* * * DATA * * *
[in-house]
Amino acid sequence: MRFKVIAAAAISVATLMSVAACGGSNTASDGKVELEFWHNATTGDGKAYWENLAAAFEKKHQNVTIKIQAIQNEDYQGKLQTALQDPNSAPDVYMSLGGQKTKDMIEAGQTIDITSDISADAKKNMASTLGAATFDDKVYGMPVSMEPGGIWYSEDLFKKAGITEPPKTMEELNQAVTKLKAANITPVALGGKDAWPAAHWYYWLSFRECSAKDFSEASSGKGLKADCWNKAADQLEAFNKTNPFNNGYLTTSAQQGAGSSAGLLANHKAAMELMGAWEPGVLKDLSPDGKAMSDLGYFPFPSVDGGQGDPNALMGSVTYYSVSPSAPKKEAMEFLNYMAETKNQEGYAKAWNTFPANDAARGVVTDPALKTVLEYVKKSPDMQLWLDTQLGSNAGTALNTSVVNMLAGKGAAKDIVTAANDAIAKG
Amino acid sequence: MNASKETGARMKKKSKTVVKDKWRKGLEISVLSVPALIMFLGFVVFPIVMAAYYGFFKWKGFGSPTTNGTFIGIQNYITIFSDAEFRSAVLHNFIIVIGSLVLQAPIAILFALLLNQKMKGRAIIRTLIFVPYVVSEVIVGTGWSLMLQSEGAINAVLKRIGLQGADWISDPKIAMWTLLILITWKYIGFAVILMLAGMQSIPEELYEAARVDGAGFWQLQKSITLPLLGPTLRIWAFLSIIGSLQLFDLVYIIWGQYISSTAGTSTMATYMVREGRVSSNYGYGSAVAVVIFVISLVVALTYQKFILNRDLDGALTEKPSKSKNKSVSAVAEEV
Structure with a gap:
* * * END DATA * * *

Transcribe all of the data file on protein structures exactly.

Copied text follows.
[in-house]
Amino acid sequence: MRFKVIAAAAISVATLMSVAACGGSNTASDGKVELEFWHNATTGDGKAYWENLAAAFEKKHQNVTIKIQAIQNEDYQGKLQTALQDPNSAPDVYMSLGGQKTKDMIEAGQTIDITSDISADAKKNMASTLGAATFDDKVYGMPVSMEPGGIWYSEDLFKKAGITEPPKTMEELNQAVTKLKAANITPVALGGKDAWPAAHWYYWLSFRECSAKDFSEASSGKGLKADCWNKAADQLEAFNKTNPFNNGYLTTSAQQGAGSSAGLLANHKAAMELMGAWEPGVLKDLSPDGKAMSDLGYFPFPSVDGGQGDPNALMGSVTYYSVSPSAPKKEAMEFLNYMAETKNQEGYAKAWNTFPANDAARGVVTDPALKTVLEYVKKSPDMQLWLDTQLGSNAGTALNTSVVNMLAGKGAAKDIVTAANDAIAKG
Amino acid sequence: MNASKETGARMKKKSKTVVKDKWRKGLEISVLSVPALIMFLGFVVFPIVMAAYYGFFKWKGFGSPTTNGTFIGIQNYITIFSDAEFRSAVLHNFIIVIGSLVLQAPIAILFALLLNQKMKGRAIIRTLIFVPYVVSEVIVGTGWSLMLQSEGAINAVLKRIGLQGADWISDPKIAMWTLLILITWKYIGFAVILMLAGMQSIPEELYEAARVDGAGFWQLQKSITLPLLGPTLRIWAFLSIIGSLQLFDLVYIIWGQYISSTAGTSTMATYMVREGRVSSNYGYGSAVAVVIFVISLVVALTYQKFILNRDLDGALTEKPSKSKNKSVSAVAEEV
Structure with a gap: